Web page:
Minor hills are eroded into the cliff face where seeping groundwater is focused into "sag basins". These sag basins and rills eventually form gullies, which cut into the cliff face, resulting in scalloped slopes, where the gullies are separated by free-standing spires and aretes. They are distinctive landscape feature indicating severe erosion which contributes significant amounts of sediment to the stream, degrading aquatic habitat.

    Sag Basin:
    A depression occurring at contact between an aquifer and underlying, less permeable unit which acts to focus seeping groundwater.

    Paleozoic Bedrock Features

    Two Paleozoic bedrock outcrops in the Park in Toronto are of provincial significance. They each contain diverse marine faunal fossils of the trilobite Triarthus rougensis and the graptolite Climacograptus rougensis. Joints and faults in the bedrock outcrops and overlying Quaternary sediments are attributed to earthquakes during the last 80,000 years.

    Any marine arthropod belonging to the class Trilobita, characterized by a three-lobed, ovoid to subelliptical exoskeleton.
    Any colonial marine organism belonging to the class Graptoithina, characterized by a cup- or tube-shaped, highly resistant exoskeleton of organic composition. Commonly found in black shales.

    Quaternary Glacial Features

    Drumlins and flutes are well developed and highly visible in the Park. In some areas, the internal stratigraphy of the drumlin is well exposed and useful for geologists studying theories on the origin of drumlins.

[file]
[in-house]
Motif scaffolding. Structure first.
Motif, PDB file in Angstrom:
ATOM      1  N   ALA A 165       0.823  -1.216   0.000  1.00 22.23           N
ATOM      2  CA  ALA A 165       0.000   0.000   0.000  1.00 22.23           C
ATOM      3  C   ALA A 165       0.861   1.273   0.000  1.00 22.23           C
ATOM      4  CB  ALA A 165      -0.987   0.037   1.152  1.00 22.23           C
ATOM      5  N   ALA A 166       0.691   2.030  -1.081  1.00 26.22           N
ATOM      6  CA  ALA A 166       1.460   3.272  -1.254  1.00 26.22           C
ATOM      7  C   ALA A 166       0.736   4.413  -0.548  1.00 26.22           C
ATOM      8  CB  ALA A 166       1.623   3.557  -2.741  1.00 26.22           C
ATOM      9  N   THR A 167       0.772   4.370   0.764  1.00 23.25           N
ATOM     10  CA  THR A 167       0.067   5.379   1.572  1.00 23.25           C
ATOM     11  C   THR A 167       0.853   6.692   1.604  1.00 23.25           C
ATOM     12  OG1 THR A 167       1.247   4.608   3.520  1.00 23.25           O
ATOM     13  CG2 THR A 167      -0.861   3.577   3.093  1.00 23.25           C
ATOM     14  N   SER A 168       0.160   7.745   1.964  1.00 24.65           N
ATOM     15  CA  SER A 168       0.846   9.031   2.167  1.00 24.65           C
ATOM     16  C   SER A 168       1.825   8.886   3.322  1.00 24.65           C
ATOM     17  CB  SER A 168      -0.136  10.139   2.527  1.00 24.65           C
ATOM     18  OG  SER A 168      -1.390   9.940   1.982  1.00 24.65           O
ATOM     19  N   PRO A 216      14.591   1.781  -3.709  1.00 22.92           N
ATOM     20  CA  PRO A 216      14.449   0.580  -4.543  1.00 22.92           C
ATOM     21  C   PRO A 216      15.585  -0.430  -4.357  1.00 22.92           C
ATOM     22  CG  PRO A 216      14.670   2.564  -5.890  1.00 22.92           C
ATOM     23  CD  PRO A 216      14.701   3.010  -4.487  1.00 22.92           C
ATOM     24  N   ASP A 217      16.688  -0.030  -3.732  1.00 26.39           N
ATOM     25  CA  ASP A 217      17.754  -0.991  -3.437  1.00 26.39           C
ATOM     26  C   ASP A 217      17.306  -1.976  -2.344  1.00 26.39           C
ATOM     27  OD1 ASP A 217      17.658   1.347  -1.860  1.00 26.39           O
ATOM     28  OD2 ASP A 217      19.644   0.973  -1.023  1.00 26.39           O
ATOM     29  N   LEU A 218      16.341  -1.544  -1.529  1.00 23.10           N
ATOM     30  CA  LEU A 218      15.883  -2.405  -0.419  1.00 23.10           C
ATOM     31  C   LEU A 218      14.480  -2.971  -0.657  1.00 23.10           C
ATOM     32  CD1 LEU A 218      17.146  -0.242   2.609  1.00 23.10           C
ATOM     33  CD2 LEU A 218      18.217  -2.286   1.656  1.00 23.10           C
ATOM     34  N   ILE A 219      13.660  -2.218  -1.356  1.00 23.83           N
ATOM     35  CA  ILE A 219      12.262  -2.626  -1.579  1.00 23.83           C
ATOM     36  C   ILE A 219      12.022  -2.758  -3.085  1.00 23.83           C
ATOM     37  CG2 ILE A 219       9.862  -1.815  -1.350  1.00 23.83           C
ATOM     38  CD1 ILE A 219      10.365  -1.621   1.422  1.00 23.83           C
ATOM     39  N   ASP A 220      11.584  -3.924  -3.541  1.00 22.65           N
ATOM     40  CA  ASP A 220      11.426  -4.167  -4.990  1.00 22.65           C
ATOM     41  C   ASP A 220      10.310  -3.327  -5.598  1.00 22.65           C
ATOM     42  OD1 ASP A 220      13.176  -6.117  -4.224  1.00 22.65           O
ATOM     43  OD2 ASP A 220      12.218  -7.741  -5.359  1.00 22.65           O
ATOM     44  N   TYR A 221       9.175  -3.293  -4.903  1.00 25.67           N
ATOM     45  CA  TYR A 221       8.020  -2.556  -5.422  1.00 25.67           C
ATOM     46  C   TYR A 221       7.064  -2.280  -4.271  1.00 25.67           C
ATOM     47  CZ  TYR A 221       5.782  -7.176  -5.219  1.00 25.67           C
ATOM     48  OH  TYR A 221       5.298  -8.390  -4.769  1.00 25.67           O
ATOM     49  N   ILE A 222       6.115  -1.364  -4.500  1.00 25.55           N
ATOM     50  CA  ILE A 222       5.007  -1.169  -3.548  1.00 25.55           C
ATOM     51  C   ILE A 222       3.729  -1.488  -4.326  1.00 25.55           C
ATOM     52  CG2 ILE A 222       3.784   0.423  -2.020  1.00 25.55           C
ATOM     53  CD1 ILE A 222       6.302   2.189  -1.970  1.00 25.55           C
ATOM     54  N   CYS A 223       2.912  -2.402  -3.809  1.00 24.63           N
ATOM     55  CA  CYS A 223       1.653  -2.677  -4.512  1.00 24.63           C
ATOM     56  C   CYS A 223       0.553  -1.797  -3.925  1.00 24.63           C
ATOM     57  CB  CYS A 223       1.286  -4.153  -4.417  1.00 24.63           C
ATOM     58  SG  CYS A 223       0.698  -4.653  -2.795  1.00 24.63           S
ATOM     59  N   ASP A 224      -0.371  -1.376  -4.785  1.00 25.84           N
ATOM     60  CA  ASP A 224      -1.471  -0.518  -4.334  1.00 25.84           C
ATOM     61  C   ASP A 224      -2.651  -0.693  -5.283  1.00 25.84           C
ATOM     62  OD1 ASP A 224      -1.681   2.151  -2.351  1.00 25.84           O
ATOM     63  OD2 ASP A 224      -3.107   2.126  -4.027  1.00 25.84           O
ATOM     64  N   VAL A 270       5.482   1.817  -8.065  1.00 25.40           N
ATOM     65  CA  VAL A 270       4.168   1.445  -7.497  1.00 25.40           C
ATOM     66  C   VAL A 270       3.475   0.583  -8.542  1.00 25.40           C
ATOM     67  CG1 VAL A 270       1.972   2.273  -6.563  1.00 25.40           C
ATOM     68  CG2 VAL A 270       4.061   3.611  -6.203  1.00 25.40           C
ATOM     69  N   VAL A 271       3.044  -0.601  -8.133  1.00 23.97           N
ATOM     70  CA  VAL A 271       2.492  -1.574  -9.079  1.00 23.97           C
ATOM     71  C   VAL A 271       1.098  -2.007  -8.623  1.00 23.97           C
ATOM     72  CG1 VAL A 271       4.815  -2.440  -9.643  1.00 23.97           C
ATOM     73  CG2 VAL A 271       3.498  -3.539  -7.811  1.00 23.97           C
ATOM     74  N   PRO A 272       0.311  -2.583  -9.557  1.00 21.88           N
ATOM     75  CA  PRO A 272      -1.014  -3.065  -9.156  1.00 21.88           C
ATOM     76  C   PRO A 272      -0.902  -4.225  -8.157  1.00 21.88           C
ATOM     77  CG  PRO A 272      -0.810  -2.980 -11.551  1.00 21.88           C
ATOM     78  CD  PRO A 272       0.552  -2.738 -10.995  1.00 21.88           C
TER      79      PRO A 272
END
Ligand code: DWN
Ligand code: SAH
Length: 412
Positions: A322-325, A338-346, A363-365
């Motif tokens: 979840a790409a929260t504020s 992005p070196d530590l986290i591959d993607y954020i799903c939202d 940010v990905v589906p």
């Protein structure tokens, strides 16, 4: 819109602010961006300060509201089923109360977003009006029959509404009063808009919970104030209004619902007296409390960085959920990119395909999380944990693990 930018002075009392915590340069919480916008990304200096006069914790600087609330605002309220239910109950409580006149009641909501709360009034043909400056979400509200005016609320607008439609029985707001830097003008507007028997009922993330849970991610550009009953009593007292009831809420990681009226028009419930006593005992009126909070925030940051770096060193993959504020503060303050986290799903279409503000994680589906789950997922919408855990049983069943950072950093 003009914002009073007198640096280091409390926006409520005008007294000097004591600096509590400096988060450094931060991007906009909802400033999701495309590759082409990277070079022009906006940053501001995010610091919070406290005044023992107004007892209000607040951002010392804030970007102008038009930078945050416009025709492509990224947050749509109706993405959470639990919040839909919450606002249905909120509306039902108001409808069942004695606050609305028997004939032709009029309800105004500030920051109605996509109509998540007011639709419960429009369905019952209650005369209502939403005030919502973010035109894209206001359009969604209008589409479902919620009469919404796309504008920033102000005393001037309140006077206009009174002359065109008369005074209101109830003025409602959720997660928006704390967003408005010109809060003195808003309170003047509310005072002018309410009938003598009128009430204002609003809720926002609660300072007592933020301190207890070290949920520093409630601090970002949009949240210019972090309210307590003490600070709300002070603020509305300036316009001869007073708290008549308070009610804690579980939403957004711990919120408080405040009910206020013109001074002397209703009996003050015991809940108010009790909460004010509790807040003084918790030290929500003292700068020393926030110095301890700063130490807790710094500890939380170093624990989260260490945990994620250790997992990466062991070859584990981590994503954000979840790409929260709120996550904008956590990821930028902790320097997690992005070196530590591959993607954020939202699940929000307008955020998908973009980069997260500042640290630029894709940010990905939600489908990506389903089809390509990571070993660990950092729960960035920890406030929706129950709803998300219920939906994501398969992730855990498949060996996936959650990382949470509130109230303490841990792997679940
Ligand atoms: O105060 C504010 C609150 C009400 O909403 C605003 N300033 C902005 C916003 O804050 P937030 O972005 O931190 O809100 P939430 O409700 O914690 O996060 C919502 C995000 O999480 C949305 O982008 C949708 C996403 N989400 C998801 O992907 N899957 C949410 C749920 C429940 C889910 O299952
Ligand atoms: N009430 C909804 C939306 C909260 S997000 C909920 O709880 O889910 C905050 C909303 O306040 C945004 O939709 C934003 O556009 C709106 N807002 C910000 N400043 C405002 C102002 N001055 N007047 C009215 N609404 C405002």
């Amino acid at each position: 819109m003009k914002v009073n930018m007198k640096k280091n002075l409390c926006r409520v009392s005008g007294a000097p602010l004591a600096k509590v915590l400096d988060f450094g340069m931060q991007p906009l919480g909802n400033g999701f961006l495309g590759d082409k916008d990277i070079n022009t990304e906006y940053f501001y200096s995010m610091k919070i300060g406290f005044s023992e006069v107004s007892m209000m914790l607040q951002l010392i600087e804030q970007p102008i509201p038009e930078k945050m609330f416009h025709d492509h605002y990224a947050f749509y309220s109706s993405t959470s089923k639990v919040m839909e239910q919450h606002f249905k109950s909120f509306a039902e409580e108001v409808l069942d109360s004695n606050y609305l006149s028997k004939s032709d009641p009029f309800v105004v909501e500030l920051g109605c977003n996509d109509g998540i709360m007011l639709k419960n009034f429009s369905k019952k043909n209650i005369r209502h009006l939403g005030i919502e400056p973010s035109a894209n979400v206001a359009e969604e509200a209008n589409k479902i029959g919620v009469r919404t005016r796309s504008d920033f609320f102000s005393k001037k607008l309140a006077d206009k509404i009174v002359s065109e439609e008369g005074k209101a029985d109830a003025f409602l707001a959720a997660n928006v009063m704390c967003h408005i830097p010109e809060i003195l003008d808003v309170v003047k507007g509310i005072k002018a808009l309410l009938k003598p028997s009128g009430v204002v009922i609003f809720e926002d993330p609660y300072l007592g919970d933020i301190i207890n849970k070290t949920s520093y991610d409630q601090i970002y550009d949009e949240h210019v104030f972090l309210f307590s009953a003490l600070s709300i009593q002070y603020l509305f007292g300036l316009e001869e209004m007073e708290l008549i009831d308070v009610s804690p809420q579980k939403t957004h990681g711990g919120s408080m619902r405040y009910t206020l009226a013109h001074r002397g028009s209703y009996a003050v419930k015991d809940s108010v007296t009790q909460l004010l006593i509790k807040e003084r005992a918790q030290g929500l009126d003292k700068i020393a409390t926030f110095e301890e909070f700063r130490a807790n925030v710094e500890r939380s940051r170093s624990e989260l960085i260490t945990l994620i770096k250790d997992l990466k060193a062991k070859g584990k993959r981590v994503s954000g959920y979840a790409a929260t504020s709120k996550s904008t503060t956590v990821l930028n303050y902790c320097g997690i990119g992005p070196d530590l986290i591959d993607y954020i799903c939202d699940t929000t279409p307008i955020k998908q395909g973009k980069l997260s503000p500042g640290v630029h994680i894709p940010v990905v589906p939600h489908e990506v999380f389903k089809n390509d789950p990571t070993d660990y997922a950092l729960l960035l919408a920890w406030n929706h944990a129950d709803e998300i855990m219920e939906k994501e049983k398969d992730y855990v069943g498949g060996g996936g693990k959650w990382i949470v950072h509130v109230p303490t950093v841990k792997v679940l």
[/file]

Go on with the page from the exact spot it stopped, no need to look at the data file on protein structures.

A streamlined hill consisting of till and other sediments, and elongated parallel with the direction of ice flow.
    Lineations or streamline grooves and ridges parallel to the direction of ice movement, formed in newly deposited till or older drift.

    Quaternary Postglacial Features
    High-level terraces and the marshes and sandy spit at
    Rouge Beach are of regional interest and significance.

    Human-made Features
    An old garbage dump on Beare Rd is the largest feature in the Park and in this region, south of the Oak Ridges Moraine. The hill is up to 120 metres higher than the surrounding uplands. Vegetation has been planted to naturalize the slopes. From the top of the hill, both the surrounding Rouge Park lands and neighbouring urbanization are visible.

    Fluvial Geomorphology
    Fluvial geomorphology is a study of the shape and form, or morphology, of watercourses. In an urbanized area, such as that of the Rouge River system, the movement of water and sediment are important factors in how watercourses change. Climate and geology have a direct effect on sediment and water movement, but also influence fluvial geomorphology indirectly through ground water and surface water flow.

    The Rouge River watershed, the geographic area where all lands drain into the Rouge River system, is reacting to rapid urbanization and change. Many sections of the watershed are no longer stable and are experiencing channel enlargement, largely due to surface runoff from the impervious surfaces which are the result of urbanization, and the application of engineered technology in an attempt to manage the increased flows.